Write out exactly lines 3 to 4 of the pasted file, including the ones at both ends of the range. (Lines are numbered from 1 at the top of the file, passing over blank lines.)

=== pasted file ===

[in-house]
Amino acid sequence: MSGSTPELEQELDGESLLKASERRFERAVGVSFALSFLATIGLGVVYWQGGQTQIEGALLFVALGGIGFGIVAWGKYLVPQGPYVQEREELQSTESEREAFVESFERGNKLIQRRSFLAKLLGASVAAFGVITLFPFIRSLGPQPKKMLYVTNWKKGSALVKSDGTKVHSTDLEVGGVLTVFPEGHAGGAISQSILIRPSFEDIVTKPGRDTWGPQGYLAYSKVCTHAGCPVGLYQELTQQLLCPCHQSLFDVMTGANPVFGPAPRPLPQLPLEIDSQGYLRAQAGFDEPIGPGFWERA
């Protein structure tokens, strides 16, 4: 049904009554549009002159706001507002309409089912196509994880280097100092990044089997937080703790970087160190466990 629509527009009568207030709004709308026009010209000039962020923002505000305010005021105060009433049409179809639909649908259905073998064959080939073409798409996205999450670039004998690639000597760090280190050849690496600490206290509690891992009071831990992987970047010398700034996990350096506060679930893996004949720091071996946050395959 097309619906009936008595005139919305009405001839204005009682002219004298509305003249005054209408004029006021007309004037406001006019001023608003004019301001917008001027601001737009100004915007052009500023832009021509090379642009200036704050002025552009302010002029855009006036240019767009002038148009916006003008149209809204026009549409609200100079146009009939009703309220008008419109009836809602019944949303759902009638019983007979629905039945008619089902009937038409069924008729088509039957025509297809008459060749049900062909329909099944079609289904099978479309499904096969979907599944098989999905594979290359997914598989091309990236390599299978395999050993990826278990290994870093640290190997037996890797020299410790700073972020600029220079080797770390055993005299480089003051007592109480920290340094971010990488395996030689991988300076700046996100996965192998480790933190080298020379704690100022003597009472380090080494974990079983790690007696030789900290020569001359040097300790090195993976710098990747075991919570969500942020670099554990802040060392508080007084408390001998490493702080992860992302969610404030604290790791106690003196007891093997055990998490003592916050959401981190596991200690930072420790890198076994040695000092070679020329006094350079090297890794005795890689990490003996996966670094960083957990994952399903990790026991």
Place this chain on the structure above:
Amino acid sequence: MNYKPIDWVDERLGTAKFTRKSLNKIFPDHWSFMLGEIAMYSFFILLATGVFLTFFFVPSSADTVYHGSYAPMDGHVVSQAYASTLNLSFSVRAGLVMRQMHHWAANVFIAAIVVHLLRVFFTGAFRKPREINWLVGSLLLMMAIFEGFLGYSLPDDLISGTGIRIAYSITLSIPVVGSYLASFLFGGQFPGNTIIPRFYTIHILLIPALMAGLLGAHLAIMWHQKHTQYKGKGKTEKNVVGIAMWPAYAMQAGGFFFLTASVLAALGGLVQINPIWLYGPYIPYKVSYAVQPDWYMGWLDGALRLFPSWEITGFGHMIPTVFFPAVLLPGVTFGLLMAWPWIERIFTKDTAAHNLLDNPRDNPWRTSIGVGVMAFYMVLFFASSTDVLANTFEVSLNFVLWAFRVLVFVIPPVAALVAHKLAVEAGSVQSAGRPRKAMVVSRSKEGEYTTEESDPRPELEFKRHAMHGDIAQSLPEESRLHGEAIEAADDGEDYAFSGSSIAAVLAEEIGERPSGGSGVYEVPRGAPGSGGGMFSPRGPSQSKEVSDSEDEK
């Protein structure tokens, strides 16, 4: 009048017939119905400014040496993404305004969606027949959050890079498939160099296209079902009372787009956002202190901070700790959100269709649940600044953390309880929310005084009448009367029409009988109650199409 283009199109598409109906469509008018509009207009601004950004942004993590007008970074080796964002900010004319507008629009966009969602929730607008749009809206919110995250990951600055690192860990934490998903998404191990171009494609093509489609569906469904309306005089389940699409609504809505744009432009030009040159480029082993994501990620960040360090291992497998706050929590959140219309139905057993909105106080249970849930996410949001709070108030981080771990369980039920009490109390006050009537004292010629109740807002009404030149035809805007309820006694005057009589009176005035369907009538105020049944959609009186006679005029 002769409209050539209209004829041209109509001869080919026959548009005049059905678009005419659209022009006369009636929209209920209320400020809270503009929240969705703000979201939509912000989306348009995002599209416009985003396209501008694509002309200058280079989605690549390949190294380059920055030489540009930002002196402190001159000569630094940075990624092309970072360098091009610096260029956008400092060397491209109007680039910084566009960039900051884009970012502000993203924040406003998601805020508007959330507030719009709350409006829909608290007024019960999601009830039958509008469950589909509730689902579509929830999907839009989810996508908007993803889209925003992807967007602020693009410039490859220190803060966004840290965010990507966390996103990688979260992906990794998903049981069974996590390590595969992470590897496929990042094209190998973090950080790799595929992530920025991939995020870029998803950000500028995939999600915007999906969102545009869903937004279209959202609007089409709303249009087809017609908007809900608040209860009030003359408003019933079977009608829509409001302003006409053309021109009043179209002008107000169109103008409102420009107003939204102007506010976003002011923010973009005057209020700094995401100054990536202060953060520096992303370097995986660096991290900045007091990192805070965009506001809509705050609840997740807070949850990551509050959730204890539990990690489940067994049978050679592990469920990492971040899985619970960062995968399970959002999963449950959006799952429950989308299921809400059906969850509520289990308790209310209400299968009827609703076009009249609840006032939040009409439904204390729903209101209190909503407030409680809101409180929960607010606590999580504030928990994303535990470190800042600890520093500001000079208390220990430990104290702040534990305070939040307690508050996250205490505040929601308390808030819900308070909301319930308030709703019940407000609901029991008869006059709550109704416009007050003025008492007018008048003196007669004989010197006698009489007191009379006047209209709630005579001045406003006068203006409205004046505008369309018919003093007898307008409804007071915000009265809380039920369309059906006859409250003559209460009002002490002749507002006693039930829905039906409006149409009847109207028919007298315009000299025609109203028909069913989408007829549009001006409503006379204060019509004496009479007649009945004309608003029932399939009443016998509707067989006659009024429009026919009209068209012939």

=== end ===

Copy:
């Protein structure tokens, strides 16, 4: 049904009554549009002159706001507002309409089912196509994880280097100092990044089997937080703790970087160190466990 629509527009009568207030709004709308026009010209000039962020923002505000305010005021105060009433049409179809639909649908259905073998064959080939073409798409996205999450670039004998690639000597760090280190050849690496600490206290509690891992009071831990992987970047010398700034996990350096506060679930893996004949720091071996946050395959 097309619906009936008595005139919305009405001839204005009682002219004298509305003249005054209408004029006021007309004037406001006019001023608003004019301001917008001027601001737009100004915007052009500023832009021509090379642009200036704050002025552009302010002029855009006036240019767009002038148009916006003008149209809204026009549409609200100079146009009939009703309220008008419109009836809602019944949303759902009638019983007979629905039945008619089902009937038409069924008729088509039957025509297809008459060749049900062909329909099944079609289904099978479309499904096969979907599944098989999905594979290359997914598989091309990236390599299978395999050993990826278990290994870093640290190997037996890797020299410790700073972020600029220079080797770390055993005299480089003051007592109480920290340094971010990488395996030689991988300076700046996100996965192998480790933190080298020379704690100022003597009472380090080494974990079983790690007696030789900290020569001359040097300790090195993976710098990747075991919570969500942020670099554990802040060392508080007084408390001998490493702080992860992302969610404030604290790791106690003196007891093997055990998490003592916050959401981190596991200690930072420790890198076994040695000092070679020329006094350079090297890794005795890689990490003996996966670094960083957990994952399903990790026991």
Place this chain on the structure above: